Wanna save? Keep it simple

Sep 26, 2011

If one savings goal is a good thing, two or more should be great, right?

Not really. Those who want to save are more apt to keep socking money away and more of it too, if they have just one goal in mind, shows work done in multiple countries by two researchers at the University of Toronto's Rotman School of Management.

"If you have only one goal it puts you in a more action-oriented and helps you save more," says Min Zhao, an assistant professor of marketing who co-authored the study with marketing professor Dilip Soman. "Too much thinking about which goal is more important keeps people from acting."

The study looked at a range of different research subjects, including modest in rural India, middle-income Canadian dads, and working professionals living in Hong Kong.

Results consistently showed that a single savings goal worked better than multiple goals. Individual studies also found single goals worked particularly well when it was harder to save. Having multiple goals resulted in people thinking about trade-offs between goals, rather than focusing on implementing their savings plan.

The findings suggest that financial or savings advisors may want to take a different tack with their clients. Banks sometimes advertise a list of reasons to save, but such a message could "backfire" says the study, because that introduces multiple goals, leading to eventual failure in clients' plans.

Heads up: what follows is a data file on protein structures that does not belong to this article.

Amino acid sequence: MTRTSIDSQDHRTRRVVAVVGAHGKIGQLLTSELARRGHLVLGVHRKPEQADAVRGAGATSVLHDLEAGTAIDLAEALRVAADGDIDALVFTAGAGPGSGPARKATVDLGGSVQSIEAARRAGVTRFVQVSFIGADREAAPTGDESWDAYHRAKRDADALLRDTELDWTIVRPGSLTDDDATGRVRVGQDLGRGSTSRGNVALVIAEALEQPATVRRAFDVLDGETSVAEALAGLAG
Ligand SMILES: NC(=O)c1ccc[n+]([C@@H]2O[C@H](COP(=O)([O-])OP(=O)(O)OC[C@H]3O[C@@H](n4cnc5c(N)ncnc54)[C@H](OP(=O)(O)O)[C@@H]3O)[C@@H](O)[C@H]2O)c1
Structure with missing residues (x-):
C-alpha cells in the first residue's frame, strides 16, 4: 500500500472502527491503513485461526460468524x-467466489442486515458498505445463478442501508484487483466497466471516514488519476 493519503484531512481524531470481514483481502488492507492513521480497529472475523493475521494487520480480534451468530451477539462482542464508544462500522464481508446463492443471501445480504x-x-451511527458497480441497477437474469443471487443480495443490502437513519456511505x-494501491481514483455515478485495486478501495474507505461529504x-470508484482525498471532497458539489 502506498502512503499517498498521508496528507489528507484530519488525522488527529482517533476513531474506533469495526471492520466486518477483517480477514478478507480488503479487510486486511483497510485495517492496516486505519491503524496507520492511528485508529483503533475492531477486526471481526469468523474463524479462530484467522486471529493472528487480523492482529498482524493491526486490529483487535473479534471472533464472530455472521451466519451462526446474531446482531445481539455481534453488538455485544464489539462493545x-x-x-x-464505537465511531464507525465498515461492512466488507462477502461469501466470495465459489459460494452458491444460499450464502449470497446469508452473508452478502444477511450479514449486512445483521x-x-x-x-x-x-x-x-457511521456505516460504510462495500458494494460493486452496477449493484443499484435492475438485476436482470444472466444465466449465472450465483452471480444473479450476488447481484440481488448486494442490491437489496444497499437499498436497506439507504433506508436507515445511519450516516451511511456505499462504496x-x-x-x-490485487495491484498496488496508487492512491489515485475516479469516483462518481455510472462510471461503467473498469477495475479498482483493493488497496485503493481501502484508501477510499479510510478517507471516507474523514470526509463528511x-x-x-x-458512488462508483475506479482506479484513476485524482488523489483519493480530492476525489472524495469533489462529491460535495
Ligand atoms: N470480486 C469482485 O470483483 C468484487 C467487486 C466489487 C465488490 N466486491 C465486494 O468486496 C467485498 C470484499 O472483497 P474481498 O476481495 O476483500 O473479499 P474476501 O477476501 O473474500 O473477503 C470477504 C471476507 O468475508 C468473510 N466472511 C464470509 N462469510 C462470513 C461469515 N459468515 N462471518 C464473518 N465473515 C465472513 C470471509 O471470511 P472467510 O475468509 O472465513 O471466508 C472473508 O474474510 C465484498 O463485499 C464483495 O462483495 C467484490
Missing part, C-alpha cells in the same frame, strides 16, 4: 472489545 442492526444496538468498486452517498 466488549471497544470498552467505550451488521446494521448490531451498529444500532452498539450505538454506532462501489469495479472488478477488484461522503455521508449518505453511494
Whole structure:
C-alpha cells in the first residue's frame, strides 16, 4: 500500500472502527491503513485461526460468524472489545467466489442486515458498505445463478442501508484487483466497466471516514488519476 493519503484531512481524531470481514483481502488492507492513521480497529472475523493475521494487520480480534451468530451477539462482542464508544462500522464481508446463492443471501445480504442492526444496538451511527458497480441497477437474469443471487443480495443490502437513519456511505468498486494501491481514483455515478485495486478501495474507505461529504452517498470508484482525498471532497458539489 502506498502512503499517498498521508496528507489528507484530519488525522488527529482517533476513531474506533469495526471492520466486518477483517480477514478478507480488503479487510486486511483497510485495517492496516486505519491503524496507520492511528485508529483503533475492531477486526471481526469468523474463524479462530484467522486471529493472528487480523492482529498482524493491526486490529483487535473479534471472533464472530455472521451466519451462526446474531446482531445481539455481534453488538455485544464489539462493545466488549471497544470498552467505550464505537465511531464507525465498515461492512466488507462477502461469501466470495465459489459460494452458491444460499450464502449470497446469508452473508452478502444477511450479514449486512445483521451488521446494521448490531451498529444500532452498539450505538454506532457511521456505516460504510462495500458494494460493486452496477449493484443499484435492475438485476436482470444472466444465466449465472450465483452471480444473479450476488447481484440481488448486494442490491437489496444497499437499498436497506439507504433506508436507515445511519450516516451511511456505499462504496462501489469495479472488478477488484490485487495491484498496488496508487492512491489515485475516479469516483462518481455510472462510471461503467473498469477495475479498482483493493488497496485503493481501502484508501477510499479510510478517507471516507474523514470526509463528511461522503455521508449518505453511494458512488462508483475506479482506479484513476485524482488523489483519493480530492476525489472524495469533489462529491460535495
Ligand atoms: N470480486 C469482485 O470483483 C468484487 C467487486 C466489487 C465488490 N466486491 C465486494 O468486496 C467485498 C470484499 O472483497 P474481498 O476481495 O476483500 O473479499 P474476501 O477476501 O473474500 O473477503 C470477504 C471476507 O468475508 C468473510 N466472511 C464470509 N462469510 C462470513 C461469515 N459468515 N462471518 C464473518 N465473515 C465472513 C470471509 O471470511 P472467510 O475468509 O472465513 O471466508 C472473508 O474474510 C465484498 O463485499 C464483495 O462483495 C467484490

"The most common mistake is to emphasize numerous reasons to save," says Prof. Zhao. "They should revise their approach."

Of course most of us have more than one thing we need to save for, such as , a child's education and funds for a rainy day. In that case, Prof. Zhao suggests finding a way to integrate seemingly competing goals into a single more abstract goal, such as achieving financial independence or .

Explore further: Economist probes the high cost of health care

More information: www.rotman.utoronto.ca/facbios… l%20march%202011.pdf

add to favorites email to friend print save as pdf

Related Stories

Americans need to save paycheck-to-paycheck

Aug 21, 2008

Americans are better at saving money when they set goals in the near future -- such as next month -- rather than the more distant future, according to a new study by researchers at Rice University and Old Dominion University. ...

How do consumers revise their unreachable goals?

Aug 10, 2011

Most consumers spend their lives setting -- and revising -- goals. Authors of a new study in the Journal of Consumer Research have unveiled a new model that captures the dynamics of goal revision.

Recommended for you

Economist probes the high cost of health care

Mar 27, 2015

When Zack Cooper arrived at Yale as assistant professor of public health and economics, he gained access to a first-of-its-kind dataset. Working with the non-profit Health Care Cost Institute, Cooper and ...

Cash remains king in Chile but its days could be numbered

Mar 26, 2015

For more than a year now, Chileans have endured a crisis of cash access. Despite global moves toward new forms of payment such as contactless and mobile transfers, the crisis in Chile highlights the continuing ...

Will you ever pay off your student loan?

Mar 25, 2015

Would-be participants of higher education must be given full and transparent advice before they accumulate debts as students that follow them into the workplace, according to a report published in the International Journal of ...

User comments : 0

Please sign in to add a comment. Registration is free, and takes less than a minute. Read more

Click here to reset your password.
Sign in to get notified via email when new comments are made.